Authors: Linda Windsor
Tags: #Fiction, #General, #Historical, #Christian, #Religious, #Love Stories, #Celtic, #Man-Woman Relationships, #redemption, #Kidnapping Victims, #Saxons, #Historical Fiction, #Scotland, #Christian Fiction, #Alba, #Sorcha, #Caden, #Missing Persons, #6th century
“Ian is quite right,” Sorcha replied.
“But you had gold. I saw it,” Wynnie protested through a mouthful of food. “Queens have gold.”
“Don’t speak with your mouth full,” Gemma scolded gently, dabbing off the dribble that escaped onto Wynnie’s coarse linen shift.
“Aye,” Sorcha told the girl, “I had a piece of gold, part of which I’ve spent to share food and lodging with you this night and every other until you return to your homes.”
To her surprise, Ian handed Aine over. Like a living doll with bright blue eyes, the child was so engrossed in the meat pasty, she didn’t seem to care that Sorcha was a stranger.
“You won’t be going with us?” Ian asked. He selected one of the biggest pies and bit into it eagerly.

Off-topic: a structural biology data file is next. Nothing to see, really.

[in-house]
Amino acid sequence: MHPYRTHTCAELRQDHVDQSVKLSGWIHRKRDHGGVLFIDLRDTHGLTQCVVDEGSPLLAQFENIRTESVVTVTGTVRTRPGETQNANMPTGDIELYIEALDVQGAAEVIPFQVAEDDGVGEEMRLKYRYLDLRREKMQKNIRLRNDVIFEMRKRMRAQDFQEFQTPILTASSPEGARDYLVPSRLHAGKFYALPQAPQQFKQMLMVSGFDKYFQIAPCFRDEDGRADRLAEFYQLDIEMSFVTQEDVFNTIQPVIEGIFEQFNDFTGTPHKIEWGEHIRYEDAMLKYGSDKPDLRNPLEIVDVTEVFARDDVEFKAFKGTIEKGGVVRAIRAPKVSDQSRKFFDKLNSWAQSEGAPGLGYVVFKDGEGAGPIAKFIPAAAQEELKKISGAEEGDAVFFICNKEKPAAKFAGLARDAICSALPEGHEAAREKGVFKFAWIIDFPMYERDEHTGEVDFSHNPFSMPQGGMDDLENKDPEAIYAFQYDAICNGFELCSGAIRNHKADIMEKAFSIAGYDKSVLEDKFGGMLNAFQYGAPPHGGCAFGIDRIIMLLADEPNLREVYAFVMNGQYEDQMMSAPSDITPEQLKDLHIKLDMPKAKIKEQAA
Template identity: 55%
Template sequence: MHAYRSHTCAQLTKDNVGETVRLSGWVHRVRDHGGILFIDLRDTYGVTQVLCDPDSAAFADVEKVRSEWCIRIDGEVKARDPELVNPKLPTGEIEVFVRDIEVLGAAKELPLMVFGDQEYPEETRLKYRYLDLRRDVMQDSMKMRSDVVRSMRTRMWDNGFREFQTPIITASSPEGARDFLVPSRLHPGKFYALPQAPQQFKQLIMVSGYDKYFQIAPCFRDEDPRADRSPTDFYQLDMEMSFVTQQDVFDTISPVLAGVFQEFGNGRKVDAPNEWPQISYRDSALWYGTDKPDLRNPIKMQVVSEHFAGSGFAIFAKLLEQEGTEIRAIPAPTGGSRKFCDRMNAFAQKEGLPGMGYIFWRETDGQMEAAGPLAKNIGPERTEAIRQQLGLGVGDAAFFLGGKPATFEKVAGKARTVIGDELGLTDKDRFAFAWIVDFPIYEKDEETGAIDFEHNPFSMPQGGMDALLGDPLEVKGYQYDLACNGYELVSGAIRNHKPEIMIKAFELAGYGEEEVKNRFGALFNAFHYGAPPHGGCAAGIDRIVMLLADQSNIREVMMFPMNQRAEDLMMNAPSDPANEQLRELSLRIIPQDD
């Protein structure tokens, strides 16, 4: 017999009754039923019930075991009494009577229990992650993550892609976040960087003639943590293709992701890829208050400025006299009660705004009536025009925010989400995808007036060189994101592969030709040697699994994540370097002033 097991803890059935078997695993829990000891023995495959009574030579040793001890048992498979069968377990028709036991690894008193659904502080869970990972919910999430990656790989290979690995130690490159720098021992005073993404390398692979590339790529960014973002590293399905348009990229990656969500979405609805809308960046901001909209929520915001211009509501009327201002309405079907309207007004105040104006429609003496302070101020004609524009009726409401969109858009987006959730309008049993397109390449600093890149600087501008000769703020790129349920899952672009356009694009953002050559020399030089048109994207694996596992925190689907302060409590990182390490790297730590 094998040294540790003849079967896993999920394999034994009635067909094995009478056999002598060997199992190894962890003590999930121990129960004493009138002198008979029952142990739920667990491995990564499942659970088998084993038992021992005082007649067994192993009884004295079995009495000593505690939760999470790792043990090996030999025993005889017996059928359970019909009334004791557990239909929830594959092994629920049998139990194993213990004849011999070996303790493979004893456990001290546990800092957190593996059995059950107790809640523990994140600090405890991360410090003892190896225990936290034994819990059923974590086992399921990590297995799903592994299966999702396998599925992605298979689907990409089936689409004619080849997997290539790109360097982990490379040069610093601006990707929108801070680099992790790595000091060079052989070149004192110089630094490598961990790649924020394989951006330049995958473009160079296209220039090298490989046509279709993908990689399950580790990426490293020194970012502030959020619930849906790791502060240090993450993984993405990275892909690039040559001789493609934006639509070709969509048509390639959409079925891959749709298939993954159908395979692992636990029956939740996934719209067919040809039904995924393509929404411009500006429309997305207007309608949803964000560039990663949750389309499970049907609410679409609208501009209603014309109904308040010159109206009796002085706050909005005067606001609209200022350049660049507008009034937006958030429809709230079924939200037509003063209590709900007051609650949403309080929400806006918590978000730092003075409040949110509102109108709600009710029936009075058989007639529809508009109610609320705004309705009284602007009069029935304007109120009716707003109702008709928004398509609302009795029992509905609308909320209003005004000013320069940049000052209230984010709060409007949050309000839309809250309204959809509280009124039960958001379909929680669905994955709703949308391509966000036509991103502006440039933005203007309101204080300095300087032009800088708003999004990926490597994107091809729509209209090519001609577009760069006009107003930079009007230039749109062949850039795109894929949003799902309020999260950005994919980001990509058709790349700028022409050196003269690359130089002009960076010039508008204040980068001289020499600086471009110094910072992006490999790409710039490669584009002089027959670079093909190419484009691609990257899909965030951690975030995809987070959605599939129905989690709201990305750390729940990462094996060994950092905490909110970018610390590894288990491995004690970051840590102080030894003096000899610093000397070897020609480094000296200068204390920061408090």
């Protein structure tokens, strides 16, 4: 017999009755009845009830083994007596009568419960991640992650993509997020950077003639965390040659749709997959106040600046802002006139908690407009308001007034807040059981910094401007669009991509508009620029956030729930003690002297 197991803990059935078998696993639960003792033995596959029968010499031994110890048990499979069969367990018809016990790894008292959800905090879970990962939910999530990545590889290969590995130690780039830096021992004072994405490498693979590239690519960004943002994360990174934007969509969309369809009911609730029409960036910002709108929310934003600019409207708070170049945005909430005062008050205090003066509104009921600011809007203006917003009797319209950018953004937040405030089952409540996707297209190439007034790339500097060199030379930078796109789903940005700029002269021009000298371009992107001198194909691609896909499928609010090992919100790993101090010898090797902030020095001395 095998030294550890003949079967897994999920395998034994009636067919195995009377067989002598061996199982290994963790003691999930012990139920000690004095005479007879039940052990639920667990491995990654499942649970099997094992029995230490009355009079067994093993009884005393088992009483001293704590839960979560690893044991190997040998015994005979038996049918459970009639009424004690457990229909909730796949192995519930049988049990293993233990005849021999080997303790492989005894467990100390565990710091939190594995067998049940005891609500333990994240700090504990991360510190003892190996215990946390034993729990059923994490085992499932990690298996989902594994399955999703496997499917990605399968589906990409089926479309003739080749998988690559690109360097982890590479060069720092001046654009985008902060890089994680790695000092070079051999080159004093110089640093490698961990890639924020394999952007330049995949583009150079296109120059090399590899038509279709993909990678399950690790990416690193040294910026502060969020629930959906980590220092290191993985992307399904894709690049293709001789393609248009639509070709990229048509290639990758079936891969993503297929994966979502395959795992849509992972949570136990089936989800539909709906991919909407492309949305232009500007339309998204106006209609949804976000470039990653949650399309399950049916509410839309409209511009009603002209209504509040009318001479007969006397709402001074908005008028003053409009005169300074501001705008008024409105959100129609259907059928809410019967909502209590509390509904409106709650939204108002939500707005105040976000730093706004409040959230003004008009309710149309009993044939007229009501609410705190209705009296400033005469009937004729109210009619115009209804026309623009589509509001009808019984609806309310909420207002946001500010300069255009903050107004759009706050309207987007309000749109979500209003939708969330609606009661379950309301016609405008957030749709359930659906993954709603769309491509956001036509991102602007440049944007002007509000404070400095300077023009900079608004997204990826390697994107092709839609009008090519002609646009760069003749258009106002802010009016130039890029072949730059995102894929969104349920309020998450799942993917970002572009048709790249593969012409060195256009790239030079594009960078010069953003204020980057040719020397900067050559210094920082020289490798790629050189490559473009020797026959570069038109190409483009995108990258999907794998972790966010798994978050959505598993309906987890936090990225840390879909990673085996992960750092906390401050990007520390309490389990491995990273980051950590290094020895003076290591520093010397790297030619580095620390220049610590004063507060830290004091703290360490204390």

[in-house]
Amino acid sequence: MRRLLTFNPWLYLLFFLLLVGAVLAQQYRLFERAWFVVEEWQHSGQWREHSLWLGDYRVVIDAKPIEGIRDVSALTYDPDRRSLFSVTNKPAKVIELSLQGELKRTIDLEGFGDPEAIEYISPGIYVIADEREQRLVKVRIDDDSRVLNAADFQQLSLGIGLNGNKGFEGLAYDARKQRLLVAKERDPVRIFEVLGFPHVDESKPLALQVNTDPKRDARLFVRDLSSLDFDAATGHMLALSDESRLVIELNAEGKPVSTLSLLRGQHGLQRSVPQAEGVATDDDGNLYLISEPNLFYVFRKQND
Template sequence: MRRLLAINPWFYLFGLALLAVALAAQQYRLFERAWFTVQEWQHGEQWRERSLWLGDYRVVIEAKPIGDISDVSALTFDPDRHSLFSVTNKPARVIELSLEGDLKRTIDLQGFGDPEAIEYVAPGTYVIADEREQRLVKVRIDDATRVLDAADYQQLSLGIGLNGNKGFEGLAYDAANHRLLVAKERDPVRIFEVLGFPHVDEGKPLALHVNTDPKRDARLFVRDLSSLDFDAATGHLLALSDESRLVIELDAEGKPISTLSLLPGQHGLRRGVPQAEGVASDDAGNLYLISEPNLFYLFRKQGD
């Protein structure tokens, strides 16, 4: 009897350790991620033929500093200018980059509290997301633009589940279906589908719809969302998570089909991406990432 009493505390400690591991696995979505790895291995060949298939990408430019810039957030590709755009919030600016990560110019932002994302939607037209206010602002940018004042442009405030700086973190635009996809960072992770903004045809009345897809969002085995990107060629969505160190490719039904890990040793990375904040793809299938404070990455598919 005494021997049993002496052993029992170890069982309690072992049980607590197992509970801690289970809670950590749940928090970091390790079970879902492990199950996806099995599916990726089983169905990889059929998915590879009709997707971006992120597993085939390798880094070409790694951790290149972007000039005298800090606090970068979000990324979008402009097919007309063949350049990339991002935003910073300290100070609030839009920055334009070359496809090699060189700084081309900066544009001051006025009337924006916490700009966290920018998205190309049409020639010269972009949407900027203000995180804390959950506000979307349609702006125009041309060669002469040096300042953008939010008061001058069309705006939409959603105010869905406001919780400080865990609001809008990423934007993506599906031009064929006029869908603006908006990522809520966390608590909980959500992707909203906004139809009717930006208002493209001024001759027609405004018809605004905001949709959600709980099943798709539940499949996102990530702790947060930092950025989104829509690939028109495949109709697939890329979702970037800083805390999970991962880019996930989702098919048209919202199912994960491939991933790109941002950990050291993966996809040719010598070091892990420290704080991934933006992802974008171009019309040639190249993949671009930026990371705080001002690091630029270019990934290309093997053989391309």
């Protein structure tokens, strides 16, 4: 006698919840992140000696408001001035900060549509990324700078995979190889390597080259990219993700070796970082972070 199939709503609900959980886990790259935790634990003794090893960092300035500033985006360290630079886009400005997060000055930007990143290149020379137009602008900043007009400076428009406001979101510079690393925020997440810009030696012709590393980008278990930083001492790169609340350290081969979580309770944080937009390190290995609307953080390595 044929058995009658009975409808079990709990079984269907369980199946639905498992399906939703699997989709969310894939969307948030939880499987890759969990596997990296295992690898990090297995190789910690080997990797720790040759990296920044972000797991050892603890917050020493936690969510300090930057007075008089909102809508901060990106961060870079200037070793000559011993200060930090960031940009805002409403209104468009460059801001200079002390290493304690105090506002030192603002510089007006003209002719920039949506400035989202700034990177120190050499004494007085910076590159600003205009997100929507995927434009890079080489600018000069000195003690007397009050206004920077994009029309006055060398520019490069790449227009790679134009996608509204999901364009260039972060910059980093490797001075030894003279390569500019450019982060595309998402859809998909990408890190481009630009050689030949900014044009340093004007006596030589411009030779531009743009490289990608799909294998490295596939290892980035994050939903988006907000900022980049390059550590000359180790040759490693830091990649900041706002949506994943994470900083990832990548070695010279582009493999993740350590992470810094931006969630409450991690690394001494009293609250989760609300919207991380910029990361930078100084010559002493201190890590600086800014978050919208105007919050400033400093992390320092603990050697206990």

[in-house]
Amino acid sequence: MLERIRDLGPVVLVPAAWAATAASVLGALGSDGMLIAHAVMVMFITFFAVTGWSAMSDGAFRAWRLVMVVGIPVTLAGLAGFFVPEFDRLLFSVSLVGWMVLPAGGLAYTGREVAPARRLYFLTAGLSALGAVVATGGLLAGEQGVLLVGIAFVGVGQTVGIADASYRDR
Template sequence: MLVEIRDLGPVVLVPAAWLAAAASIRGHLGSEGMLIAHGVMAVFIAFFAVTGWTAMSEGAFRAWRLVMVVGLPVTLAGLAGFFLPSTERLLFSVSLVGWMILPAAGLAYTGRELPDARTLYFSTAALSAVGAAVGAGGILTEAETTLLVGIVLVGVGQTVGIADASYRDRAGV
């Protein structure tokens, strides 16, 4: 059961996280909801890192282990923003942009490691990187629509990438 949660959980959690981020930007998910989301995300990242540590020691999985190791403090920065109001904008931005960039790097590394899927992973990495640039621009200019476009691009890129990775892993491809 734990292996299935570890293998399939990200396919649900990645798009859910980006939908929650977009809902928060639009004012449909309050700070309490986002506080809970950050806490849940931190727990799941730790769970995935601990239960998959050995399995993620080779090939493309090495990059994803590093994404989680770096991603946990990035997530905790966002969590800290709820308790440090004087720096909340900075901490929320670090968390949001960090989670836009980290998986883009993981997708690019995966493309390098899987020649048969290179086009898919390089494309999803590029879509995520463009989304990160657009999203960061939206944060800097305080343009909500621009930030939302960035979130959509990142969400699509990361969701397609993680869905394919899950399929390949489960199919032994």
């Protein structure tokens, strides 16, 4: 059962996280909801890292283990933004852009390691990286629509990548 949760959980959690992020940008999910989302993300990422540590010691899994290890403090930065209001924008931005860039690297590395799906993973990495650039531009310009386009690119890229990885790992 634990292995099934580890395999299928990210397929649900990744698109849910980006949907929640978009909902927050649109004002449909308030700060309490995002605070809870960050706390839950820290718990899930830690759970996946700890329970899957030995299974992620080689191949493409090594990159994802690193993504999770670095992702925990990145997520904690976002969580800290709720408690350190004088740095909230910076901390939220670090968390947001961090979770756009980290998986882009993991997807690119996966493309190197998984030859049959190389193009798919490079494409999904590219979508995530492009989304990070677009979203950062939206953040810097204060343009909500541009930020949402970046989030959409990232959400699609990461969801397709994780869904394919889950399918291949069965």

“Nay, I have a friend who will take you. He’s a bard.”
“What is that?” Wynnie stopped eating, alarm and suspicion creeping back onto her round face. Having been reared in a remote farming village, chances were she’d not been to a fair or tavern. Sorcha hadn’t at that age.
“A bard is a traveling entertainer who sings at fairs, taverns, or in noble courts,” she explained.
“I’ve seen them,” Ian assured the girl smugly. “They also put on marvelous plays, dance, and sometimes juggle and do acrobatic tricks.”
“Actually, that kind of entertainer is a gleeman.” Sorcha pointed to Gemma. “Gemma and my mother were gleemen … and I sing and play music as one myself, though I’ve had some bardic training.”